Gahanna City Council members and representatives of Metropolitan Holdings are scheduled to meet Oct. 28 during council committee to continue hashing out a proposed developer’s agreement that would bring 129 apartments to 2.3 acres on the east and west sides of Mill Street, south of Carpenter Road and at the northern boundary of the Creekside development.
Matt Vekasy, founder and CEO of Metropolitan Holdings, and his team attended an Oct. 14 finance committee meeting that seemed to bring up more questions than answers for at least one council member.
Councilman Stephen Renner said he “isn’t even close” to being comfortable with some costs to the city that are in the proposal, especially contingencies that aren’t capped in connection to right-of-ways.
Vekasy said the contingencies are strictly for anything underground in the right-of-way that his team doesn’t know is there.
“So, if we go out there and start working the right-of-way and we find a utility line that wasn’t identified on any drawing … if there’s something underground that we don’t know of and didn’t have opportunity to do any test borings or anything else like that, that’s strictly there to address those issues,” he said.
Renner said he understands there’s an unknown.
“Because I’m a representative of the city, I am scared out of my mind about that unknown,” he said. “I would definitely still like to see a dollar amount cap so, therefore, we can understand, we can quantify it if something egregious comes to play.”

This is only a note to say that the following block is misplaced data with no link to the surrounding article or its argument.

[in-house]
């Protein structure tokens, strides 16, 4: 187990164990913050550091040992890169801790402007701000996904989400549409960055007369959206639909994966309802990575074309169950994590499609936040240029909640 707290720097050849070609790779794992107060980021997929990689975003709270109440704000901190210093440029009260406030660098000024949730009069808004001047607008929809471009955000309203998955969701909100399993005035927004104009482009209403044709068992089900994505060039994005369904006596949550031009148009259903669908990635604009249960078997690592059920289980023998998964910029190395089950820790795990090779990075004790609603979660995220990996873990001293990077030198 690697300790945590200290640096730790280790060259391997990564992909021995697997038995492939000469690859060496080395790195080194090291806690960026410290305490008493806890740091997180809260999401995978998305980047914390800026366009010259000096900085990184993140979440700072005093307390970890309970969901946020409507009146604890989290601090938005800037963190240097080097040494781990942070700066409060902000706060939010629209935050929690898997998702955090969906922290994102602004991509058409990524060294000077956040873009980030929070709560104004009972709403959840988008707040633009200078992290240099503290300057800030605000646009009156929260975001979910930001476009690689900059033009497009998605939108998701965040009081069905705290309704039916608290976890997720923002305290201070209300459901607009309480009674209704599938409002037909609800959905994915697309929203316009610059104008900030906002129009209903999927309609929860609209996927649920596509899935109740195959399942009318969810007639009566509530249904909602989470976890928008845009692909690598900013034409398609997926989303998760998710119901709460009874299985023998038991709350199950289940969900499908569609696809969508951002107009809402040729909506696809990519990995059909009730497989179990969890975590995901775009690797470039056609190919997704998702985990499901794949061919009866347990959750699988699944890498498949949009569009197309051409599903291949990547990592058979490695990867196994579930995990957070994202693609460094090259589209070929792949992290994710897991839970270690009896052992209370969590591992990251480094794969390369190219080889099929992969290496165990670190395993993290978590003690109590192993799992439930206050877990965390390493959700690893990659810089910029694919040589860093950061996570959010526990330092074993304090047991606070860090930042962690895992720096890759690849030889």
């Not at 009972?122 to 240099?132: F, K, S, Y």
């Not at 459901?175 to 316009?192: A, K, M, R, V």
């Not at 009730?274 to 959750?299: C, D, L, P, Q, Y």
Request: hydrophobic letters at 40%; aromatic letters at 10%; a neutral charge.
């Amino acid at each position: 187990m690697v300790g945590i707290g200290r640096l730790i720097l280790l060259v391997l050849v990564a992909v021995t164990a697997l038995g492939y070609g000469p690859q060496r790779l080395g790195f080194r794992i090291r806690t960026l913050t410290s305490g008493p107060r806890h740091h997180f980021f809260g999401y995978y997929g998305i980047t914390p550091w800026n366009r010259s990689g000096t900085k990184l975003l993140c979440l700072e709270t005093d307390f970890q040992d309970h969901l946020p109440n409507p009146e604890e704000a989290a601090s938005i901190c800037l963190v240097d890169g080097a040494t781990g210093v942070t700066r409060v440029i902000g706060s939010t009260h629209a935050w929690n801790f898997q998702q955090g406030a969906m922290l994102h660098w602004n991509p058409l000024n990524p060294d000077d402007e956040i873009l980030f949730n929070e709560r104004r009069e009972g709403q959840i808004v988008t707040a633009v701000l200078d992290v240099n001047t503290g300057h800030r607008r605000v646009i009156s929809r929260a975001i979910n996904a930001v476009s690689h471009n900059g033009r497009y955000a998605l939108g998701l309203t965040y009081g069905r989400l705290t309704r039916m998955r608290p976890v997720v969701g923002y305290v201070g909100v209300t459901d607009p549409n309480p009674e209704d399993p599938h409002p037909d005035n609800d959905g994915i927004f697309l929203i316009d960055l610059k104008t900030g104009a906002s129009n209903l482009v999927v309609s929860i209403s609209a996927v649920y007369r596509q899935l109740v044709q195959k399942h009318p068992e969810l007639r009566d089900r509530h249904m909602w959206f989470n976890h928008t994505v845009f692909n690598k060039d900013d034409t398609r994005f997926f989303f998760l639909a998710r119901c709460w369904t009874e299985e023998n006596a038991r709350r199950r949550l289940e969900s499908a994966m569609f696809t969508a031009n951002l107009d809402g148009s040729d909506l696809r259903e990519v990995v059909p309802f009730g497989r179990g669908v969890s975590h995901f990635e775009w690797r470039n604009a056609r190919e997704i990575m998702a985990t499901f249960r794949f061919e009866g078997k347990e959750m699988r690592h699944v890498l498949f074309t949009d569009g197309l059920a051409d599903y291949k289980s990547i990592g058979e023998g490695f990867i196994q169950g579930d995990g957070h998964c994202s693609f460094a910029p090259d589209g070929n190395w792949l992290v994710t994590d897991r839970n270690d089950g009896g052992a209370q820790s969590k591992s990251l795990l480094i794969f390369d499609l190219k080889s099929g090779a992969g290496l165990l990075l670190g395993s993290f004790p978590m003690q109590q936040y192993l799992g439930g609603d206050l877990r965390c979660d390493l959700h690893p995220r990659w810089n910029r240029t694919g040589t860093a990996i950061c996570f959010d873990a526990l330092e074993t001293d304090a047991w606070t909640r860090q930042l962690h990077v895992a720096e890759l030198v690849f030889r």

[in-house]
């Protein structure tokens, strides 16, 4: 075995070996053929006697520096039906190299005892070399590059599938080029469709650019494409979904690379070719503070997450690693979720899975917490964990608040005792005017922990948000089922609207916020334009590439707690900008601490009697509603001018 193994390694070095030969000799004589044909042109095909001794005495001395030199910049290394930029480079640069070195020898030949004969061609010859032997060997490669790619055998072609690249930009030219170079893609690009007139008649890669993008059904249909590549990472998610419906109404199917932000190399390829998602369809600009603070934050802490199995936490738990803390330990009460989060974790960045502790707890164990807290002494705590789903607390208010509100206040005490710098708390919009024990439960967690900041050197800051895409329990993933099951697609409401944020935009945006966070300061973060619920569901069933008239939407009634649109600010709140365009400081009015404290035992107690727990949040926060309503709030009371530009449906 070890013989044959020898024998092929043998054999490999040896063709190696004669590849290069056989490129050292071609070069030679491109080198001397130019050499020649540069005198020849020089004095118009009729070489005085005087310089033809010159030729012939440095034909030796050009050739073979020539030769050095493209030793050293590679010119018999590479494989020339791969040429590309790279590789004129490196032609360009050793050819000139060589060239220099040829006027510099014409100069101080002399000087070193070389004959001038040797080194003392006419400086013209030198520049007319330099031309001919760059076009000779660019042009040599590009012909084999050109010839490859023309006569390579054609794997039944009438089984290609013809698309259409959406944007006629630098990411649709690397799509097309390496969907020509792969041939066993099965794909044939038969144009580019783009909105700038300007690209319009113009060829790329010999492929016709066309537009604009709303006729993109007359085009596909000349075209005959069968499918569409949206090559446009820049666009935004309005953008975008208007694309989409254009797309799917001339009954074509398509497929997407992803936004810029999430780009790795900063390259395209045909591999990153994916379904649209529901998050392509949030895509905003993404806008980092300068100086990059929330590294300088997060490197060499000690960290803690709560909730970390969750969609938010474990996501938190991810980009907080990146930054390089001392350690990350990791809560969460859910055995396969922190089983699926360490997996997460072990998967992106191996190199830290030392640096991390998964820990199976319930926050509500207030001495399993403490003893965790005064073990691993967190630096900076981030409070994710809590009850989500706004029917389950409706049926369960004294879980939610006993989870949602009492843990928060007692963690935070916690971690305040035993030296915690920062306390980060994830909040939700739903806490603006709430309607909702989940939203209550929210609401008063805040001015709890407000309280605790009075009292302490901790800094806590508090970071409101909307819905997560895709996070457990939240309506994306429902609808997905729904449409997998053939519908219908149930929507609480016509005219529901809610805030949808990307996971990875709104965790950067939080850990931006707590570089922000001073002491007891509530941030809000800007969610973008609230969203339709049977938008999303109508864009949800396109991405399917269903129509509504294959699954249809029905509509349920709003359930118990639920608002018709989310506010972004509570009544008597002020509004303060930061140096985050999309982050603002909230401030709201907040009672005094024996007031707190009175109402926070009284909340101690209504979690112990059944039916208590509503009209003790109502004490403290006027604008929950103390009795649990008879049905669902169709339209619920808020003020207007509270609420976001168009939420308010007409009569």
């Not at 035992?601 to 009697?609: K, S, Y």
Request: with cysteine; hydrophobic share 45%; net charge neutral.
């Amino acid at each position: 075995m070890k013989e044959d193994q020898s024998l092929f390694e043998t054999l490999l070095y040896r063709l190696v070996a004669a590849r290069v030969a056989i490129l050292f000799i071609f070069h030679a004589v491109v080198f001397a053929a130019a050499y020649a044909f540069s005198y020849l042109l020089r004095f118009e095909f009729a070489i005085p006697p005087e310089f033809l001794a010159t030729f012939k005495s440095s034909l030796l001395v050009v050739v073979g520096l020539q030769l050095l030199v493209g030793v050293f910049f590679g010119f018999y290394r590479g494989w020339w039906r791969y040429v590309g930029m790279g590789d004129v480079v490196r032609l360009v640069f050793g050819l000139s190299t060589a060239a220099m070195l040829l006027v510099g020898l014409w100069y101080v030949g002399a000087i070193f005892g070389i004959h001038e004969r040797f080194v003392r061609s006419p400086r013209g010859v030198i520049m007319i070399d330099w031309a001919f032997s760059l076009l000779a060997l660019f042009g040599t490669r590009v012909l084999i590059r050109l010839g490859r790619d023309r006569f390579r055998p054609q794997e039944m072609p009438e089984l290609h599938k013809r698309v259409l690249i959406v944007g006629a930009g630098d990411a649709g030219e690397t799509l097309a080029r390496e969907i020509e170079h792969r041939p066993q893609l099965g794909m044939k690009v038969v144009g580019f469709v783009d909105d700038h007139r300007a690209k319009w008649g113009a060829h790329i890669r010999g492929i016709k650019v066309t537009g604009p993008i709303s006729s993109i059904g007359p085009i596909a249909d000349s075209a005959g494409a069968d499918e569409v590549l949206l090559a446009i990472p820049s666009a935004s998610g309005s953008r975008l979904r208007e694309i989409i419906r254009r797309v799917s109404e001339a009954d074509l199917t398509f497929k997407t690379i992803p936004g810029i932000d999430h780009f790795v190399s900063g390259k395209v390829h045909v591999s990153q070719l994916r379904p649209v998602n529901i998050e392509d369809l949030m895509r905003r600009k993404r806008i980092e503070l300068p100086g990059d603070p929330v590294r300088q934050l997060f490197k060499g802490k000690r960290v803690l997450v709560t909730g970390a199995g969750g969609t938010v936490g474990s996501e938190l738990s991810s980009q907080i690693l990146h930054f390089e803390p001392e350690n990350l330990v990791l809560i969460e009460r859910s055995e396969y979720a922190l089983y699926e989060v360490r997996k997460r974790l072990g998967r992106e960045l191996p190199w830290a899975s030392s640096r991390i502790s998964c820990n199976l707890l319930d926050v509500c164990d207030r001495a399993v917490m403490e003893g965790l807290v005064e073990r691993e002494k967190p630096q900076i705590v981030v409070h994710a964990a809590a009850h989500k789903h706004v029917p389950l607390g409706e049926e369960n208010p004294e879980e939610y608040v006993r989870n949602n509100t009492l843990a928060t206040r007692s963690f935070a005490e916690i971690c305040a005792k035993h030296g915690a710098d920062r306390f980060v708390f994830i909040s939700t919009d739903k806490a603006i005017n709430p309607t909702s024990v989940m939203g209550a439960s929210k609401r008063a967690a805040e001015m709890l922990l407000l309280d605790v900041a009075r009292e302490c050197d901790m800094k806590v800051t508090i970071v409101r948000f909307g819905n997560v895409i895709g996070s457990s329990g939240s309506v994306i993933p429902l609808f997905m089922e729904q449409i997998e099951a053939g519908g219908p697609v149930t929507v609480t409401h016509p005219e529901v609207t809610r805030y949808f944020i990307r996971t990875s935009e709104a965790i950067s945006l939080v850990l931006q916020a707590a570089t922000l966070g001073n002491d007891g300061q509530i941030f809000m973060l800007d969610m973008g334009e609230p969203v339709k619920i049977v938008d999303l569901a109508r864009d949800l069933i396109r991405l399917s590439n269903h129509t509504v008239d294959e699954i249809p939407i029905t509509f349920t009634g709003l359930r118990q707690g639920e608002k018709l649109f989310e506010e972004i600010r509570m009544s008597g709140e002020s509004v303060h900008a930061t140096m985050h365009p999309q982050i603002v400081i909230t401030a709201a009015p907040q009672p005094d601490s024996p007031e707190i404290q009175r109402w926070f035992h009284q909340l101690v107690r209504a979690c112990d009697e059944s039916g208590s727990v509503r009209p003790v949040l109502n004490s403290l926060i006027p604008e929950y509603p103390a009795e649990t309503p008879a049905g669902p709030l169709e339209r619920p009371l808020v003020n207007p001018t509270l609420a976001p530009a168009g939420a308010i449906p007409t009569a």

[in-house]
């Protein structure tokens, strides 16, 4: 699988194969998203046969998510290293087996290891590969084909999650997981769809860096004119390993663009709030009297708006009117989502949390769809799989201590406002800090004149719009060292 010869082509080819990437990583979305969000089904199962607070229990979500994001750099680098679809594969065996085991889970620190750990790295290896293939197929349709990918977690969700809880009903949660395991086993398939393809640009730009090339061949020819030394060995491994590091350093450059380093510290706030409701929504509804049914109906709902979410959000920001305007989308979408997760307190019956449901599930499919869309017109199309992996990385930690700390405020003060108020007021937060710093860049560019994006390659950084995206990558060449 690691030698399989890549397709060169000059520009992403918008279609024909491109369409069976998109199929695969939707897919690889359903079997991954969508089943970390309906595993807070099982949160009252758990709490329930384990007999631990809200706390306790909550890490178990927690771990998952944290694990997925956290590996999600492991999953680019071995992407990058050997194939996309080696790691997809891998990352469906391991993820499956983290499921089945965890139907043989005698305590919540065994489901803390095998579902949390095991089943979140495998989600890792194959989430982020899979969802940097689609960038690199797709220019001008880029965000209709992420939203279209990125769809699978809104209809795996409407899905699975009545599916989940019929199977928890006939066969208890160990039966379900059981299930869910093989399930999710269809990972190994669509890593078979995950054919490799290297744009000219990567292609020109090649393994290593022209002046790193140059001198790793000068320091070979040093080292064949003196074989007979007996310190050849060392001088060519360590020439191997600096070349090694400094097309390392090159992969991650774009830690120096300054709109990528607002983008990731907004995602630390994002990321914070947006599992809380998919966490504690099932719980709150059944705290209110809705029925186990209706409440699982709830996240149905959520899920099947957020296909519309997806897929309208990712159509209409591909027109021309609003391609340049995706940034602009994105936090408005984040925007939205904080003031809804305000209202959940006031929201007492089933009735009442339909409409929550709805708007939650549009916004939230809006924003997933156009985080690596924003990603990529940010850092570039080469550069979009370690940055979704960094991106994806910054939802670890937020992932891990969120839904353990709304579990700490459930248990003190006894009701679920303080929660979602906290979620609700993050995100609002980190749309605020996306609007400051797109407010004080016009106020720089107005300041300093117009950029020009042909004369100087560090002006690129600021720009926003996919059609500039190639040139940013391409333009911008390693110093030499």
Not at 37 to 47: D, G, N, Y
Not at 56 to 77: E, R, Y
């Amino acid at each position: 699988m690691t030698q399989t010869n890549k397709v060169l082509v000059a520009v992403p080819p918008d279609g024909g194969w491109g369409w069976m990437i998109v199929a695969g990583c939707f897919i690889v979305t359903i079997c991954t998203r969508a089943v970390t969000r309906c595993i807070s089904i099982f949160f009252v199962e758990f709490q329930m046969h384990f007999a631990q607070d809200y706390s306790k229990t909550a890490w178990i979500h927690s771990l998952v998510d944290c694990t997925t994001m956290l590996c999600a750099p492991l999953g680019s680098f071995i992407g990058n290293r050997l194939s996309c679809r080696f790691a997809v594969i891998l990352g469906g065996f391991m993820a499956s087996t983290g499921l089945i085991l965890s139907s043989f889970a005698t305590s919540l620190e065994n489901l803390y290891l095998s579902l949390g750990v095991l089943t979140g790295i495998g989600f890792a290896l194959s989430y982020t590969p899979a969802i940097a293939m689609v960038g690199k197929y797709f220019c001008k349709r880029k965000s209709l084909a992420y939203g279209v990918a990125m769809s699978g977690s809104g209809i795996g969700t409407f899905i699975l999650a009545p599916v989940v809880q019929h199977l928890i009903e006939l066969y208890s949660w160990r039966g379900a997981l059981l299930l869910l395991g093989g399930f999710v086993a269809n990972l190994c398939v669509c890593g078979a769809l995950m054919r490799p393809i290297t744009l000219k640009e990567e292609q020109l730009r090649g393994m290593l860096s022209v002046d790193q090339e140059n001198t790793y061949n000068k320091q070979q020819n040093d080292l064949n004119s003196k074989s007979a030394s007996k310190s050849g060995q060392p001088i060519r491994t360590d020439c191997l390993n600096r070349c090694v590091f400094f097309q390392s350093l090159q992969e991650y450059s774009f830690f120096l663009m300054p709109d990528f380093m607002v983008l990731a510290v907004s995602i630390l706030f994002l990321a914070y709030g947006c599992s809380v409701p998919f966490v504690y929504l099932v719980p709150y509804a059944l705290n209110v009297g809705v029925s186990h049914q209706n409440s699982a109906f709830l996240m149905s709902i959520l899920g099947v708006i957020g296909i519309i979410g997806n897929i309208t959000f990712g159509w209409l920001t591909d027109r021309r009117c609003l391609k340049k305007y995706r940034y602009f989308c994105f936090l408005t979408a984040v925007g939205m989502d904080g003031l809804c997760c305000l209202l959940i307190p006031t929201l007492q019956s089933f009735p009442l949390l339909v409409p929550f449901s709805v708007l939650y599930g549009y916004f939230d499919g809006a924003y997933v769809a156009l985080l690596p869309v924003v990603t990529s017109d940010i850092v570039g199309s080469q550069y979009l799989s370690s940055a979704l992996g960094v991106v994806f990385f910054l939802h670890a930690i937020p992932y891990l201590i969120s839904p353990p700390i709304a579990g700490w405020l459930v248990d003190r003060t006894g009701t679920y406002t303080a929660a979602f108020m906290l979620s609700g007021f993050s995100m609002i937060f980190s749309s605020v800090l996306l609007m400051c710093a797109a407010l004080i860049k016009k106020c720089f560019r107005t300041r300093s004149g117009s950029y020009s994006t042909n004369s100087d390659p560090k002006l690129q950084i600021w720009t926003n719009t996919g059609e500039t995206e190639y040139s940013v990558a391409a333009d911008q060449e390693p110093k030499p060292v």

Renner said he also wants to know how the vacation of North Street would work.
Vekasy provided a written opinion to council from Pete DiSalvo, president of DiSalvo Development Advisors, to address why he isn’t including retail in the project.
“It is our opinion that the site is not a viable candidate for retail development primarily because it lacks enough market exposure,” DiSalvo wrote.
DiSalvo said a key reason the site has limited market exposure is because the average daily traffic counts along Mill Street are much lower than other commercial corridors throughout Gahanna.
“In summary, the reason a retailer would locate on Mill Street is to benefit from pedestrian traffic generated from Creekside and the downtown,” DiSalvo said. “In our opinion, the Mill site is not within the core pedestrian traffic area. Furthermore, we believe the greatest potential for new retail development exists south of Walnut Street.”
Vekasy said there would be townhouses that engage the street and although they’re not retail, they would have front doors leading to the street.
From a design and new urbanism perspective, he said, it offers a great transition from the townhouse activities, including a fitness center, into the commercial heading south.
He said there would be 129 total units, with 33 having two bedrooms and 96 having one bedroom for a total of 162 total bedrooms.
Council member Michael Schnetzer asked how many of the residents would likely have children.
Vekasy said it isn’t likely residents would have children, especially with one-bedroom units, but he anticipates couples may want to rent the townhouses and that prompted a request for more parking spots in the Creekside garage.
Another modification in the developer’s agreement calls for the leasing of 50 parking spaces from the underground parking garage at Creekside for residents’ use.
City attorney Shane Ewald said the parking needs to be addressed, because he doesn’t think those spots will be available.
“We were told by bond counsel that you can’t exclude parking from the public use because of the way it was bonded,” he said. “We would need to see if that would be available.”
Council also requested Metropolitan Holdings provide more information about traffic counts, a cost estimate on the Carpenter Road utility relocation and an estimated cost to bury utilities where construction would begin.